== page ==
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152
Compositional Model Checking
, 1999
"... We describe a method for reducing the complexity of temporal logic model checking in systems composed of many parallel processes. The goal is to check properties of the components of a system and then deduce global properties from these local properties. The main difficulty with this type of approac ..."
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Cited by 2474 (64 self)
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We describe a method for reducing the complexity of temporal logic model checking in systems composed of many parallel processes. The goal is to check properties of the components of a system and then deduce global properties from these local properties. The main difficulty with this type of approach is that local properties are often not preserved at the global level. We present a general framework for using additional interface processes to model the environment for a component. These interface processes are typically much simpler than the full environment of the component. By composing a component with its interface processes and then checking properties of this composition, we can guarantee that these properties will be preserved at the global level. We give two example compositional systems based on the logic CTL*.
Temporal and modal logic
 HANDBOOK OF THEORETICAL COMPUTER SCIENCE
, 1995
"... We give a comprehensive and unifying survey of the theoretical aspects of Temporal and modal logic. ..."
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Cited by 1119 (17 self)
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We give a comprehensive and unifying survey of the theoretical aspects of Temporal and modal logic.
An AutomataTheoretic Approach to BranchingTime Model Checking
 JOURNAL OF THE ACM
, 1998
"... Translating linear temporal logic formulas to automata has proven to be an effective approach for implementing lineartime modelchecking, and for obtaining many extensions and improvements to this verification method. On the other hand, for branching temporal logic, automatatheoretic techniques ..."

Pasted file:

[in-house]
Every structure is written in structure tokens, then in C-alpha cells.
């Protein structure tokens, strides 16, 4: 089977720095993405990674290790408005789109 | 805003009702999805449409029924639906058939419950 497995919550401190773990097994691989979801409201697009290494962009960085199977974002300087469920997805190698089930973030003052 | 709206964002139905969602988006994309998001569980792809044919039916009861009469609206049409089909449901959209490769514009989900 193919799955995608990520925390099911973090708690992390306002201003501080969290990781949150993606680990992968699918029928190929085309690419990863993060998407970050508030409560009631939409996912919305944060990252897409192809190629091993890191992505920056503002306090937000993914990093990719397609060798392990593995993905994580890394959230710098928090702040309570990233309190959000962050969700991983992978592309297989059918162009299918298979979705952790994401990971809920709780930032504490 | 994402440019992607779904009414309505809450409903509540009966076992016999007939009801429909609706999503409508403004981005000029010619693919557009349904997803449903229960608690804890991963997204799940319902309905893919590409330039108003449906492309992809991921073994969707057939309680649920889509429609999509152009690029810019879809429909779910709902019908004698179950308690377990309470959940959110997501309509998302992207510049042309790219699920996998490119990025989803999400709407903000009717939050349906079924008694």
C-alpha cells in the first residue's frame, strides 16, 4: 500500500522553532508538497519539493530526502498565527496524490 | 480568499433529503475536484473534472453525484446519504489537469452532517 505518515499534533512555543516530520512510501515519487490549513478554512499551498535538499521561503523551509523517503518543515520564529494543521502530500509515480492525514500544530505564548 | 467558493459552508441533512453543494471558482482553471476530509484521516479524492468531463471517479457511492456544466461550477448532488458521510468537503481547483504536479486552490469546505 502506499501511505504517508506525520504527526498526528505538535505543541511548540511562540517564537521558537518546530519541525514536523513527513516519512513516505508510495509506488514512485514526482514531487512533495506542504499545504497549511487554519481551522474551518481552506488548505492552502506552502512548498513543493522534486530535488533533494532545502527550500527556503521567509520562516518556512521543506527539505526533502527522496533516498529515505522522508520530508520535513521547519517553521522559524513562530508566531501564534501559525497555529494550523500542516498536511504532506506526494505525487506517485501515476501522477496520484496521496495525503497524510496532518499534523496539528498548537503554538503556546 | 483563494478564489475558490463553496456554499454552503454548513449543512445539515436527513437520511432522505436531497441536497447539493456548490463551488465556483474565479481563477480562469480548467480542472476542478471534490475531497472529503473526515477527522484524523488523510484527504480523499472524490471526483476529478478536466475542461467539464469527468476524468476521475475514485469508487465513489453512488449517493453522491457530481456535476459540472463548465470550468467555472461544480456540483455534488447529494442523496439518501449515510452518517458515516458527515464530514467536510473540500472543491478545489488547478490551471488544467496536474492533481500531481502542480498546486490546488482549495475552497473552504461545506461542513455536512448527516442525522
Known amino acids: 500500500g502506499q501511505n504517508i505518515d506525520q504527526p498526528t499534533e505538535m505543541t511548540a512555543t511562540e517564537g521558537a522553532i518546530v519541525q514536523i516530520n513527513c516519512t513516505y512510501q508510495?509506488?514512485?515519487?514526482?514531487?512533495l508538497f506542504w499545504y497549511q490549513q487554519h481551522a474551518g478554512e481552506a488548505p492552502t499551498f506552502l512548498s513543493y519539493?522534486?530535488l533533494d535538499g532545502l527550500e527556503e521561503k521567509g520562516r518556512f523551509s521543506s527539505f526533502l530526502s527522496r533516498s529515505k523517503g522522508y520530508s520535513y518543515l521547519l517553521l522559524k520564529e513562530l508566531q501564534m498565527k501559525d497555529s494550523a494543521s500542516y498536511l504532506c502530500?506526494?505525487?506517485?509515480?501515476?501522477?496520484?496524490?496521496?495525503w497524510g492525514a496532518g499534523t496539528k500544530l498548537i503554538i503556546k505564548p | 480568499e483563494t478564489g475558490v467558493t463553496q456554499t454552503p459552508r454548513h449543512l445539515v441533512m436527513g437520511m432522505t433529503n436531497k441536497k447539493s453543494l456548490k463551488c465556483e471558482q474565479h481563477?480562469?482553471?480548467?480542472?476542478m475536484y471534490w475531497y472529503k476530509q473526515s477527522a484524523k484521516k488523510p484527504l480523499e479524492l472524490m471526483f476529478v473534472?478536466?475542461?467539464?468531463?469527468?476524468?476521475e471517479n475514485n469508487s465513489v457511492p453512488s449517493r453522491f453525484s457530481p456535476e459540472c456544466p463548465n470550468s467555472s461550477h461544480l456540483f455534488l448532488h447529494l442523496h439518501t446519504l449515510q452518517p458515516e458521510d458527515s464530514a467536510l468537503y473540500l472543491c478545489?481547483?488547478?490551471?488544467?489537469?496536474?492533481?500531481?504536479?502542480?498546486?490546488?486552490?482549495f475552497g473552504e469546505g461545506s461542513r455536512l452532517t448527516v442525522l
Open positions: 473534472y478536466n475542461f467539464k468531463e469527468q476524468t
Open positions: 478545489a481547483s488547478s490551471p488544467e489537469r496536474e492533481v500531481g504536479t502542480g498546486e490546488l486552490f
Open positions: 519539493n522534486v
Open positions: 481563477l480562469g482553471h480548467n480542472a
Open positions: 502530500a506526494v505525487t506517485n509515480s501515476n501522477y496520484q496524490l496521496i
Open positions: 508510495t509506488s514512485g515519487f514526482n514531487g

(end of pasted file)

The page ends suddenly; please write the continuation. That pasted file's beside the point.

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Cited by 302 (66 self)
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Translating linear temporal logic formulas to automata has proven to be an effective approach for implementing lineartime modelchecking, and for obtaining many extensions and improvements to this verification method. On the other hand, for branching temporal logic, automatatheoretic techniques have long been thought to introduce an exponential penalty, making them essentially useless for modelchecking. Recently, Bernholtz and Grumberg have shown that this exponential penalty can be avoided, though they did not match the linear complexity of nonautomatatheoretic algorithms. In this paper we show that alternating tree automata are the key to a comprehensive automatatheoretic framework for branching temporal logics. Not only, as was shown by Muller et al., can they be used to obtain optimal decision procedures, but, as we show here, they also make it possible to derive optimal modelchecking algorithms. Moreover, the simple combinatorial structure that emerges from the a...
FailStop Processors: An Approach to Designing FaultTolerant Computing Systems
, 1983
"... This paper was originally submitted to ACM Transactions on Programming Languages and Systems. The responsible editor was Susan L. Graham. The authors and editor kindly agreed to transfer the paper to the ACM Transactions on Computer Systems ..."
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Cited by 299 (17 self)
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This paper was originally submitted to ACM Transactions on Programming Languages and Systems. The responsible editor was Susan L. Graham. The authors and editor kindly agreed to transfer the paper to the ACM Transactions on Computer Systems
Probabilistic Simulations for Probabilistic Processes
, 1994
"... Several probabilistic simulation relations for probabilistic systems are defined and evaluated according to two criteria: compositionality and preservation of "interesting" properties. Here, the interesting properties of a system are identified with those that are expressible in an untimed ..."
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Cited by 275 (18 self)